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Permian Basin and Other Energy Producing Regions Account for Half of Texas Traffic Accident Deaths


Around half of all traffic-related deaths reported in Texas last year occurred in the Permian Basin or other oil and natural gas producing regions.

“A big increase in the number of heavy trucks and traffic on state and county roads adds to the complexity of driving – something we always need to give our full attention to, while also obeying traffic laws,” said Texas Department of Transportation (TxDOT) Executive Director James Bass. “That’s why we are urging every motorist to drive smart and take simple precautions to prevent crashes.”

Permian Basin Roads Full of Inexperienced, Fatigued Truckers

Oilfield truck accidents and other motor vehicle crashes killed 1,673 people in the Barnett Shale, Eagle Ford Shale, Granite Wash, Haynesville/Bossier Shale, and Permian Basin last year, while injuring more than 6,000 others. According to TxDOT, that’s an increase of about 4% over 2017.

Route 285 – known locally as “Death Highway – is now one of the most dangerous roads in Texas and New Mexico.  Like many highways in the Midland-Odessa region, Route 285 is ill-equipped to handle the thousands of 18-wheelers and other heavy trucks keeping the Permian Basin oilfields supplied and running around-the-clock.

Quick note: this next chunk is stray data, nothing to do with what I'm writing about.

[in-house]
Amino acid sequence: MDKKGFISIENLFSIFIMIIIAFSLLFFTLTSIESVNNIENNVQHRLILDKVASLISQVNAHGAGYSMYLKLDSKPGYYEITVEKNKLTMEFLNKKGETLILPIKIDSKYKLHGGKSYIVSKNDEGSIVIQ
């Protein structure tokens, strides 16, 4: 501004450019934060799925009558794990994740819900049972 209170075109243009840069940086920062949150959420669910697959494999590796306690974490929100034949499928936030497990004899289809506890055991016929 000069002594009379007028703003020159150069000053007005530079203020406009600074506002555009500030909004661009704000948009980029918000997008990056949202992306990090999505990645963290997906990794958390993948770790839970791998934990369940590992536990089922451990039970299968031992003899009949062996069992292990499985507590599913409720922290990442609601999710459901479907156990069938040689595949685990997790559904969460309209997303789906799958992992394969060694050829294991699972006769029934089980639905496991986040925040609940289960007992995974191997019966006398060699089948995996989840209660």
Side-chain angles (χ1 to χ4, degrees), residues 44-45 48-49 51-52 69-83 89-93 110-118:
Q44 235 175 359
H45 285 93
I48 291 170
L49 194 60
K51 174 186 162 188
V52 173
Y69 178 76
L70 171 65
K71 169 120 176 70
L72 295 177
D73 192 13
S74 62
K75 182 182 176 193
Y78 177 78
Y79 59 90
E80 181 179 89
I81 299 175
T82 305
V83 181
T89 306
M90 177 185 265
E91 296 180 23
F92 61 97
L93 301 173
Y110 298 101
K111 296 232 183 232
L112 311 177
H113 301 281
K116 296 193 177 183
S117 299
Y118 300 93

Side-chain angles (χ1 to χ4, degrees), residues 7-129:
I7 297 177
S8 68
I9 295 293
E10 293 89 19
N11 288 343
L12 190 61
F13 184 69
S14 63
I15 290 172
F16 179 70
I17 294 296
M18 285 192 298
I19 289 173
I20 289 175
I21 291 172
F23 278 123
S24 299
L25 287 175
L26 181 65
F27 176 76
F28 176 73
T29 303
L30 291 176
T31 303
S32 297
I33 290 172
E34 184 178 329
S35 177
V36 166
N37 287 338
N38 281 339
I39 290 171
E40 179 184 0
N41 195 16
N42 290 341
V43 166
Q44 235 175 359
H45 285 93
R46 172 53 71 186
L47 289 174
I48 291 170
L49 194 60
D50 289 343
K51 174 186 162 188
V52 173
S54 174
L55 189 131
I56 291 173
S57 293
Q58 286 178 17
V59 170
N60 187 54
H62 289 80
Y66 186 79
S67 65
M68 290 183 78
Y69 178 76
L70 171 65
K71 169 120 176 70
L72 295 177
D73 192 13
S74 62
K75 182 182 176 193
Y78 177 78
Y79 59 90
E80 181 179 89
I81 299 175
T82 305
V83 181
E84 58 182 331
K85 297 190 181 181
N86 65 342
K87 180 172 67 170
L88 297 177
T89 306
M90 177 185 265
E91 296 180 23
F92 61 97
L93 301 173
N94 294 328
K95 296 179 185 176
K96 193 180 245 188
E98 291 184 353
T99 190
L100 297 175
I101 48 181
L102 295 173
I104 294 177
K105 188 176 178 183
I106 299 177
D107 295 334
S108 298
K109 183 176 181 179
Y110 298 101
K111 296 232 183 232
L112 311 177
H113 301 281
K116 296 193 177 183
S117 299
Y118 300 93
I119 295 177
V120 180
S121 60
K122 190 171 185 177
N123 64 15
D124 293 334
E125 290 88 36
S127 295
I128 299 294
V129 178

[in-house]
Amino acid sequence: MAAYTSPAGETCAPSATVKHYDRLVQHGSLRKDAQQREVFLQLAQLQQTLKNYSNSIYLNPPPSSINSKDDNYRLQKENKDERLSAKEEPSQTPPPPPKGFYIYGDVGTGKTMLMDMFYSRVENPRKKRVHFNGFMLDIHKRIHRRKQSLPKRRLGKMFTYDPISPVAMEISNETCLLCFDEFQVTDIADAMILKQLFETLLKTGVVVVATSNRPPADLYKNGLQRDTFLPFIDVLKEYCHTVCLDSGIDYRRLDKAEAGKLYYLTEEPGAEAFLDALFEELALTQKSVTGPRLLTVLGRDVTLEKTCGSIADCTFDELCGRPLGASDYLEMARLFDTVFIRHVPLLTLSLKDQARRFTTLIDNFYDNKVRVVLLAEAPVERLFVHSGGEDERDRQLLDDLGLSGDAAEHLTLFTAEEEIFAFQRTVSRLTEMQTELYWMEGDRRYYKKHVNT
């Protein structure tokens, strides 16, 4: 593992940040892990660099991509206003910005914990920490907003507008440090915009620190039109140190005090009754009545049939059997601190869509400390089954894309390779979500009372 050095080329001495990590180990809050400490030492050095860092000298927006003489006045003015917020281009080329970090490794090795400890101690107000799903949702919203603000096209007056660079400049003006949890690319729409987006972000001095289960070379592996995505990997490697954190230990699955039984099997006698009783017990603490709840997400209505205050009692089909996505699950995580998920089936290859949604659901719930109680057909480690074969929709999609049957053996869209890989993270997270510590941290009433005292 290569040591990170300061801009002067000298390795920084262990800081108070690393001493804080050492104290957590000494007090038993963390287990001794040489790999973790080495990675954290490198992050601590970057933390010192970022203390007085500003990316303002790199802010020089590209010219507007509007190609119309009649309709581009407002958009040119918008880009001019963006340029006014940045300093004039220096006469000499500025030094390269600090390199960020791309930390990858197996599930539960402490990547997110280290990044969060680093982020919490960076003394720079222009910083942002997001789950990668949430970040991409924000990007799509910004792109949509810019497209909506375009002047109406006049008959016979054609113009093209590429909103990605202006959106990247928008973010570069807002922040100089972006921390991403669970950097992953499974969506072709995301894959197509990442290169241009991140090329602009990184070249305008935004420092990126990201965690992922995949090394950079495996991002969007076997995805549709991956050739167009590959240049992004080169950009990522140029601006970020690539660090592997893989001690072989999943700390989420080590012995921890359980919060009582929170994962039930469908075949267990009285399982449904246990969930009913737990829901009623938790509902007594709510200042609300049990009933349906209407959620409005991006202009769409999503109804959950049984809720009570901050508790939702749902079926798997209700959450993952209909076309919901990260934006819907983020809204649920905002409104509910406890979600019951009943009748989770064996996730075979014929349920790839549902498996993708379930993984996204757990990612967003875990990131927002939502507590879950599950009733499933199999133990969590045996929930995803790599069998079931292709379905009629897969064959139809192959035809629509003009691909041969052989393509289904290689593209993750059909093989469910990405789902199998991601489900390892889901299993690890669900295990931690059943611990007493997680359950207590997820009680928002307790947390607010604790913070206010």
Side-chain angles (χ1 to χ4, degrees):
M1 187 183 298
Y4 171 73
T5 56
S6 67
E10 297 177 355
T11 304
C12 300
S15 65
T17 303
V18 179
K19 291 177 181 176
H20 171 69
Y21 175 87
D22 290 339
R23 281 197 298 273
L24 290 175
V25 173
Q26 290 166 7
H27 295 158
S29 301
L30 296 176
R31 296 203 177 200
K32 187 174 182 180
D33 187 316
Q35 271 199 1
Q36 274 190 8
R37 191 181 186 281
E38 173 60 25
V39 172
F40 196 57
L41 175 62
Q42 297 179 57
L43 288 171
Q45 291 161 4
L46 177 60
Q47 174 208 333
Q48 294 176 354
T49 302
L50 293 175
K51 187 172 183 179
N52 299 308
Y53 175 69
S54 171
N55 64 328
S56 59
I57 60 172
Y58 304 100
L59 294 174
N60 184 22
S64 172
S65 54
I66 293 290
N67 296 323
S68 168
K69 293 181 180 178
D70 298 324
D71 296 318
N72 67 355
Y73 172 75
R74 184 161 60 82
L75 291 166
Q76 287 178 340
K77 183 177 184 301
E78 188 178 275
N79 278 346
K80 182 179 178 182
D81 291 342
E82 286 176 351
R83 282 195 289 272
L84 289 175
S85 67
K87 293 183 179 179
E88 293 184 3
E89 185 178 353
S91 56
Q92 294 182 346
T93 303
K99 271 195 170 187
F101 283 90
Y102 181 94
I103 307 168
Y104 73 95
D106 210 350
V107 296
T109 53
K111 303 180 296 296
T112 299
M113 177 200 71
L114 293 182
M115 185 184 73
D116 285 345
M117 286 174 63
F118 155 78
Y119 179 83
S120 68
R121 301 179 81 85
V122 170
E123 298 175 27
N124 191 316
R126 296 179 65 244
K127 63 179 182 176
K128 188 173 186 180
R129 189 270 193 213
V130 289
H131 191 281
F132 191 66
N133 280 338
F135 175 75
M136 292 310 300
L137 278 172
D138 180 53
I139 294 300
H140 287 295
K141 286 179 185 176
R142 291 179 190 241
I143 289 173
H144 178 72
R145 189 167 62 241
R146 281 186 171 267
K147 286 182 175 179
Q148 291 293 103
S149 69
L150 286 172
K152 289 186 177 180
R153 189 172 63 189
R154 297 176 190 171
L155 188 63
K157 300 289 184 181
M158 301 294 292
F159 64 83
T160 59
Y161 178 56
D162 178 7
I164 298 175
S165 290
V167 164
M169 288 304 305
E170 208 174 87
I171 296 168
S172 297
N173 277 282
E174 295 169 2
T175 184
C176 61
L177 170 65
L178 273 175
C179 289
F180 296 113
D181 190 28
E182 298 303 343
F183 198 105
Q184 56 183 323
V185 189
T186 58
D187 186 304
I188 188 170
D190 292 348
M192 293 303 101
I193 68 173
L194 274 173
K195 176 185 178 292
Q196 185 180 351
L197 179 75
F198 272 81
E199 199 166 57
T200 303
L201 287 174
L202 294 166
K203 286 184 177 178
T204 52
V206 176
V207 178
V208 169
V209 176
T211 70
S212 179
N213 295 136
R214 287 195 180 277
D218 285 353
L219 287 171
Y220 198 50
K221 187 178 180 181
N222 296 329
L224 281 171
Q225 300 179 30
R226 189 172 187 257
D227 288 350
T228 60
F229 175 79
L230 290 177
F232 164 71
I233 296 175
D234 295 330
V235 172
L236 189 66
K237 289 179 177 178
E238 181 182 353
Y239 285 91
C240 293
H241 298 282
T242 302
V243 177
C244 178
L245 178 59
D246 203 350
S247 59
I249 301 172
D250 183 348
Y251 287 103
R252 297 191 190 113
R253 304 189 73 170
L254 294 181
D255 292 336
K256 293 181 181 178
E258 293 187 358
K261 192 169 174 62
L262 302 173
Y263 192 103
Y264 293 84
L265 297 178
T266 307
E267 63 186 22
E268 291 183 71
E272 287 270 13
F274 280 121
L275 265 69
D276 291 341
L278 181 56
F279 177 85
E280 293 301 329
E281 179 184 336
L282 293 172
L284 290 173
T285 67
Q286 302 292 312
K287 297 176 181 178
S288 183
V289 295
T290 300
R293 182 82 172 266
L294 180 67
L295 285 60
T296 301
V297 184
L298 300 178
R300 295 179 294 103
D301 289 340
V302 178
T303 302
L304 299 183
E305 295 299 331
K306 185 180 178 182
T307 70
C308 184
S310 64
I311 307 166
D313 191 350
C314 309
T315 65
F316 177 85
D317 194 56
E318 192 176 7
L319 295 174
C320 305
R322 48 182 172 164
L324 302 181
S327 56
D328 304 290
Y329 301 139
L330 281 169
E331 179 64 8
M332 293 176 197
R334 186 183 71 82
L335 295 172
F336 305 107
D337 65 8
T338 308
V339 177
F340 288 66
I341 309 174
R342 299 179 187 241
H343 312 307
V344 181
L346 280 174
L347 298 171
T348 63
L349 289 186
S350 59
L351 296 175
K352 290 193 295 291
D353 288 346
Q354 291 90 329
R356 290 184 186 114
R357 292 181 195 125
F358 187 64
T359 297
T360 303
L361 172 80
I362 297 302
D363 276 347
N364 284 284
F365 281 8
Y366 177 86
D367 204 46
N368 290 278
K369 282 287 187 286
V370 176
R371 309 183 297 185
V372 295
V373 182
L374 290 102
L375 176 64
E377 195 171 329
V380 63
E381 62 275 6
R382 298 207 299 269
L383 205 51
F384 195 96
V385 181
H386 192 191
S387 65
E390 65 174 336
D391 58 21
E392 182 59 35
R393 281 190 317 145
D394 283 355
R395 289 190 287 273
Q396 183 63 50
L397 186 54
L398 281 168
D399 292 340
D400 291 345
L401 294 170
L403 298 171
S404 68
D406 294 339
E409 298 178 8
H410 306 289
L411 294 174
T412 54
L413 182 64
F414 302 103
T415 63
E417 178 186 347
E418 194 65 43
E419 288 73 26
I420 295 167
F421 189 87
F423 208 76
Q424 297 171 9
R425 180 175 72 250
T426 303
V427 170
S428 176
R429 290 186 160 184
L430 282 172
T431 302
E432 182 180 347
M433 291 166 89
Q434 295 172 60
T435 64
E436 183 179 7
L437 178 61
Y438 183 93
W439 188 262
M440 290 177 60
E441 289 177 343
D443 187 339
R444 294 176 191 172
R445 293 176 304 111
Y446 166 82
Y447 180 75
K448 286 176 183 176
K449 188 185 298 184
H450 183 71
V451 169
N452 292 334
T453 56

To make matters even worse, a severe hiring shortage means that many oilfield servicing companies are now allowing inexperienced truckers, already unfamiliar with the Permian’s hazardous rural roads and highways, to drive 12-hours shifts, seven-days-per-week, with few breaks and little time off to rest.

“It’s very dangerous out here, and it’s just getting worse and worse with the growth,” one Calfrac trucker recently told The Houston Chronicle. “A lot of people are getting killed when they’re not getting enough sleep and just trying to drive back home.”

TxDOT’s “BE Safe. Drive Smart.” Campaign Targets Permian Basin

TxDOT recently kicked off its annual “Be Safe. Drive Smart.” campaign, which urges motorists in the state’s energy producing regions to:

  • Always buckle up—drivers and all passengers, day and night.
  • Drive a safe speed that takes into account the amount of traffic, road conditions, and weather.
  • Focus 100% on driving. No talking or texting behind the wheel.
  • Give large trucks plenty of space, be patient, and pass only when it’s safe and legal to do so.
  • Obey stop signs and traffic signals.
  • Never drive under the influence of alcohol or other drugs.

The campaign is targeting the Permian Basin and Eagle Ford Shale in October, where an interactive exhibit featuring games, quizzes, and video displays will remind motorists to safely navigate the challenges of driving in high-traffic oil and gas production areas.

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